Because of the necessary optical length of the substage Kohler illumination system, it is usual to fold the optical axis by use of a mirror, which, however, is not shown in this diagram.

The elements above the microscope stage 15 and object 16 are all conventional, consisting of an objective lens 17 and an eyepiece lens or lenses collectively designated 18 forming a magnified image of the object visible to the observer on the retina 20 of his eye 19. For photographic purposes, the eyepiece 18 is surmounted by a suitable camera body, as is well understood.

The sequence of operations in conventional photography and in photographic microscopy are essentially the same. A subject is selected, the composition is arranged, the camera or the microscope is focused and the exposure is made. In conventional photography, the exposure may be made by electronic flash alone or it may be made by a combination of electronic flash and ambient light. In conventional photography, the important acts of selection and focusing are performed with ambient light. The ambient light is taken for granted.

In photography with the microscope, the situation is not as simple. A special source of light must be provided to permit the necessary selection of the subject and the focusing of the microscope. The electronic flash is transitory and of no value for these purposes.

The ideal illuminator would provide light from a continuous source for observation and focusing up to the moment of photographic exposure and then permit exposure by electronic flash alone. The duration of the flash should be automatically controlled so that the object is exposed correctly. But the requirements go even further. For completely successful and technically faultless results, the light furnished to the illuminating system of the microscope by the continuous source and by the electronic flash must conform strictly to the rigid optical requirements of microscope illuminating systems.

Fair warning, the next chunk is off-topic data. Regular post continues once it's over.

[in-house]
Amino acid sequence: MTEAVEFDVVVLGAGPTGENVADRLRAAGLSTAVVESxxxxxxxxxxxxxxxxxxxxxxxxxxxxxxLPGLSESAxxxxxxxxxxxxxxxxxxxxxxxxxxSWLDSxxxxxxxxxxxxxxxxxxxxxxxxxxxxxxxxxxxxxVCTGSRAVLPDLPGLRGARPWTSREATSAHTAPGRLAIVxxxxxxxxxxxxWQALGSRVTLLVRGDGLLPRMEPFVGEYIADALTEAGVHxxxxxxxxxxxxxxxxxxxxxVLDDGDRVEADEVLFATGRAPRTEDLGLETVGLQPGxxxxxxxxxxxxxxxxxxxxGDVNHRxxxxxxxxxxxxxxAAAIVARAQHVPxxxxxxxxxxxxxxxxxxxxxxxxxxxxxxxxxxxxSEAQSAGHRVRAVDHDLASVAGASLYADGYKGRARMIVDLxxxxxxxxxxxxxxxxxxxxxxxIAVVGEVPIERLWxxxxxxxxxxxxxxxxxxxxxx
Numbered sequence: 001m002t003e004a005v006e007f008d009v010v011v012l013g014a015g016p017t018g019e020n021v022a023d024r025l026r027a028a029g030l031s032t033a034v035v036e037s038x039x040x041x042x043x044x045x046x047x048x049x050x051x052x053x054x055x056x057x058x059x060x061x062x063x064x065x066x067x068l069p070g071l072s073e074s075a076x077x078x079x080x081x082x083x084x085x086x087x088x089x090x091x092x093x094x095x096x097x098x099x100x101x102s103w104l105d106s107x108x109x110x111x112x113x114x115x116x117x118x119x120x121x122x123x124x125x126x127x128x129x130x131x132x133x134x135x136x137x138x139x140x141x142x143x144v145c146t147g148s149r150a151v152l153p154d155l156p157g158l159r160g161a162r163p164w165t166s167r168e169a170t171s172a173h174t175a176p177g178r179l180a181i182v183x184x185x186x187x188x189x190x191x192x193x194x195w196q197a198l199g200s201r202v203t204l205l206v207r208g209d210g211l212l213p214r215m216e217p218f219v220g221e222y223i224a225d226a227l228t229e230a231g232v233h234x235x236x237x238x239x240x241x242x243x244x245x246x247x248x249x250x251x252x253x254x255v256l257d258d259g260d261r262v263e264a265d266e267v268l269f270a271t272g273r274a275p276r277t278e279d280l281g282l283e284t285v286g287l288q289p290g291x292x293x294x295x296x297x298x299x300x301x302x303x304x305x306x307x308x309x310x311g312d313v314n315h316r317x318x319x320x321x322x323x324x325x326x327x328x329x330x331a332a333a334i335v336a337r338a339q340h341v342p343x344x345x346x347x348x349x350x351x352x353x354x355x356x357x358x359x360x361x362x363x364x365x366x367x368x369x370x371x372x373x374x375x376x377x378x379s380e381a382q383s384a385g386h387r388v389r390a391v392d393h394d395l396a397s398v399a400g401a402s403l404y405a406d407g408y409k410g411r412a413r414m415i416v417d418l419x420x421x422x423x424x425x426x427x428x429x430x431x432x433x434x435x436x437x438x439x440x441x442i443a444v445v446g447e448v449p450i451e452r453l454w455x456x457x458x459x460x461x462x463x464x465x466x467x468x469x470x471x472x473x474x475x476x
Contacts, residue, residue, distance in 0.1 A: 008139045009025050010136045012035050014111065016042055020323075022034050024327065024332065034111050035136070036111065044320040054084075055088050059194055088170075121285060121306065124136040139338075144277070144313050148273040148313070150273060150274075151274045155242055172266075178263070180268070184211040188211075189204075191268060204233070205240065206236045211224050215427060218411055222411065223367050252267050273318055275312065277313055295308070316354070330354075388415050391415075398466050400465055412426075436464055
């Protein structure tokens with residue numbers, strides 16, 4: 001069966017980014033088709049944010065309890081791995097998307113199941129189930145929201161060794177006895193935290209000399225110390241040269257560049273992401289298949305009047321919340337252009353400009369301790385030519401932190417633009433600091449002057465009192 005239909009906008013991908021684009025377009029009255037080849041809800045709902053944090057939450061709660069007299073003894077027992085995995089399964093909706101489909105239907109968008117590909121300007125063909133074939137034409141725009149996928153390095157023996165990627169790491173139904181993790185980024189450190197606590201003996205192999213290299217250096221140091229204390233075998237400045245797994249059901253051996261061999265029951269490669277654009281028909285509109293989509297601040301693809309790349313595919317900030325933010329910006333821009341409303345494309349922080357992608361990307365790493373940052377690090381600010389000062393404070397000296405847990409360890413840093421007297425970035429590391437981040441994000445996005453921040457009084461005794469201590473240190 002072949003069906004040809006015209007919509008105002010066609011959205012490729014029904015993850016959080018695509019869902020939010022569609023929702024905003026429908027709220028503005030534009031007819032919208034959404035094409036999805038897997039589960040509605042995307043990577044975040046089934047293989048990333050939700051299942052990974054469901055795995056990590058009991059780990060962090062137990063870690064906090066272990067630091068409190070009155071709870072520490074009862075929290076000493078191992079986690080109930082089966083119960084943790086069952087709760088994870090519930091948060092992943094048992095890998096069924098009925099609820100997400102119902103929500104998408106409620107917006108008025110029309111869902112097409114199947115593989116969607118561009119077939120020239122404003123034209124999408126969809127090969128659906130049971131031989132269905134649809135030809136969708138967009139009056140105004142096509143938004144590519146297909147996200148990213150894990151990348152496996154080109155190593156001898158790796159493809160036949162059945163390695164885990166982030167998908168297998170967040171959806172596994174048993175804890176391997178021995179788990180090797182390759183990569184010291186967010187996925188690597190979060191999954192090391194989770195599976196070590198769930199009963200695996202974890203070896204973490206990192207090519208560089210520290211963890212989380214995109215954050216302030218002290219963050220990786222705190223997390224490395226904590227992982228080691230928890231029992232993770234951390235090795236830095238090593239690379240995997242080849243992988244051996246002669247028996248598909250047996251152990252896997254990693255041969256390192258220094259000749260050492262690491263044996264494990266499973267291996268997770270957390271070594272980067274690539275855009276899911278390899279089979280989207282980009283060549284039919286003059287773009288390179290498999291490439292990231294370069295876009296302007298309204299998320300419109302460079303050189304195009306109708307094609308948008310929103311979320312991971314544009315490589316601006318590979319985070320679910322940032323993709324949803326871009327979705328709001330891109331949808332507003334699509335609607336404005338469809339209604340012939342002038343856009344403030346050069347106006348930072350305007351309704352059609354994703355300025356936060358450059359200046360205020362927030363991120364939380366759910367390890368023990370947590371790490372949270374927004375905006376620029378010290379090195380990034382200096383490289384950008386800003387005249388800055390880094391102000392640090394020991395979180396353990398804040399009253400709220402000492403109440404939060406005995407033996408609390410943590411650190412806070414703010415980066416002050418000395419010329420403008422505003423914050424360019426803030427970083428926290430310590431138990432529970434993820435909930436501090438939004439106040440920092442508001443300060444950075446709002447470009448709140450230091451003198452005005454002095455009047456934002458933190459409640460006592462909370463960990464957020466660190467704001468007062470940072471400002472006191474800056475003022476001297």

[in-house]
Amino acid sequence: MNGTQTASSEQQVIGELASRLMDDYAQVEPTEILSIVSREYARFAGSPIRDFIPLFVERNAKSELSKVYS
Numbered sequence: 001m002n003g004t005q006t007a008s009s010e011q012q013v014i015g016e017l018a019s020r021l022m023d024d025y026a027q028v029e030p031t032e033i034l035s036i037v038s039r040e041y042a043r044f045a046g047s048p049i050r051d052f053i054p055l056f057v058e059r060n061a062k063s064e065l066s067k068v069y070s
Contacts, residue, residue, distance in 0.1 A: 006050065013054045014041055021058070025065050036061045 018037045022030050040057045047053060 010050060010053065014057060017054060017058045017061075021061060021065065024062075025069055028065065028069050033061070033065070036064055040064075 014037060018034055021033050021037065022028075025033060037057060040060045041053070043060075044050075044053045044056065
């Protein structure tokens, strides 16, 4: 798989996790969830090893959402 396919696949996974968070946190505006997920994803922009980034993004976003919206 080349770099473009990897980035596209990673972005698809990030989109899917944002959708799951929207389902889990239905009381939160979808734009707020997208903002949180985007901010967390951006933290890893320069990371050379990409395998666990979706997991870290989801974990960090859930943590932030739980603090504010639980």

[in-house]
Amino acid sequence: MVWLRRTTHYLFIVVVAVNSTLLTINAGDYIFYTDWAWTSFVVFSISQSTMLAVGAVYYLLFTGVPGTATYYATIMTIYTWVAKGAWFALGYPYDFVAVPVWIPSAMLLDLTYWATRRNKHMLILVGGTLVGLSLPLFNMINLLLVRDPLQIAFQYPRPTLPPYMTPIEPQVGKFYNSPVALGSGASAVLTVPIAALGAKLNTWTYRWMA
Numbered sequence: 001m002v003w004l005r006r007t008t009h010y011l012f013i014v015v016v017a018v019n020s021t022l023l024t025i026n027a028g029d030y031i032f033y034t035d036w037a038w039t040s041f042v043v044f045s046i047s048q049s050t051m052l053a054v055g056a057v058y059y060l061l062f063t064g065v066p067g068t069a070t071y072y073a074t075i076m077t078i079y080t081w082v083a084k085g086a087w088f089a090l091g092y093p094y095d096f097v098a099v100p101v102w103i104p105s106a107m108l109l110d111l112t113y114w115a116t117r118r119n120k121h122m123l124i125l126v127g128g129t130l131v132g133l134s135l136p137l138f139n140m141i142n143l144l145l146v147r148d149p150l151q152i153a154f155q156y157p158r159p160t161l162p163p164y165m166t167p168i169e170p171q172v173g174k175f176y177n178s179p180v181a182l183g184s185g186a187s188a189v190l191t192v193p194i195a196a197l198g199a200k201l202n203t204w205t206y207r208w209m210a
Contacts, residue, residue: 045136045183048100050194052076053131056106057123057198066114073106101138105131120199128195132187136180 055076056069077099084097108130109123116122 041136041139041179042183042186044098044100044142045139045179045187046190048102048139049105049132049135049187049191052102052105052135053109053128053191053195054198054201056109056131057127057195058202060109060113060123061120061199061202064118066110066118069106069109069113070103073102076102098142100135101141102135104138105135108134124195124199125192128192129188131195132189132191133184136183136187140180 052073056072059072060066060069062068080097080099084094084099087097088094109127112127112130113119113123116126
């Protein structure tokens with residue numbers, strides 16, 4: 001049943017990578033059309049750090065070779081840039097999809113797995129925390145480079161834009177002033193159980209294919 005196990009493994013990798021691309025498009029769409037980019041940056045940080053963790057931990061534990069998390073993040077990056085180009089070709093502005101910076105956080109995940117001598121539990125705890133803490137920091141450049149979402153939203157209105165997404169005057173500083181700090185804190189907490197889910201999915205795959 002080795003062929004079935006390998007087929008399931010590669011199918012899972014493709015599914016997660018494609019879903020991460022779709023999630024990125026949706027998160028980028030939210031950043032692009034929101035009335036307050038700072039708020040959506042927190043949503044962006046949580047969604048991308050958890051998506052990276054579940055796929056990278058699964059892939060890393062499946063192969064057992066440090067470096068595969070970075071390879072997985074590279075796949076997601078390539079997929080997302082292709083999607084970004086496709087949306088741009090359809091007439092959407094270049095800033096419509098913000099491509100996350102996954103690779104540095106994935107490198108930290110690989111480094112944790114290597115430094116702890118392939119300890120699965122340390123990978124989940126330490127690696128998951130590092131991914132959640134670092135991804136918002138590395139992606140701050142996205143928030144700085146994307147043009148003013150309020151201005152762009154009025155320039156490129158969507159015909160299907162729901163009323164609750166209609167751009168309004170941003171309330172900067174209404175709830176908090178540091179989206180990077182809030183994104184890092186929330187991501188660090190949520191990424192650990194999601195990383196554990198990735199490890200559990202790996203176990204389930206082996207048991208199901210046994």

In this invention all of the requirements have been met by a unique combination of an incandescent lamp, an electronic flash, and a fiber optic bundle (generally called simply "Fiber optic") with a conventional substage condenser and preferably such a condenser forming part of a Kohler illumination system. The light from the lamp and from the flash is fed at the proper time into the entrance end of the fiber optic. The light travels through the fiber optic to the exit end of the fiber optic which then appears functionally to be the source of light, the basic source for the illuminating system of the microscope. This exit end of the fiber optic is placed at the entrance pupil of the illuminating system which is the precise location demanded by the optical requirements of the system.

Thus, in a simple form of the invention, shown diagrammatically in FIG. 2, an incandescent lamp 100 is aligned with a first collecting lens 101, an electronic flash tube 103, a second collecting lens 104 and the input end 105 of a fiber optic 106. The spacing of these elements is such that light from the incandescent lamp 100 is brought to a focus at the flash tube 103, and the light from the flash tube 103, whether originally from the incandescent lamp or whether originating in the tube, is brought to a focus at the input end 105 of the fiber optic 106. The second collecting lens 104 can be omitted with almost equivalent results if the size of the flash tube and of the input end 105 of fiber optic 106 are about the same and the flash tube is placed immediately adjacent to the fiber optic.

The exit end 110 of the fiber optic 106 replaces lamp 10 in FIG. 1 as the origin or entrance pupil of light passing through the Kohler illuminating system to the object. Thus the same elements are found as in FIG. 1, namely, a collecting lens 111, a field stop diaphragm 112, a condenser diaphragm 113, a condenser lens 114, and a stage 115 holding the object 116. One additional element may be inserted, namely mirror 108, which folds the optical path and reduces the vertical height of the instrument as is frequently done.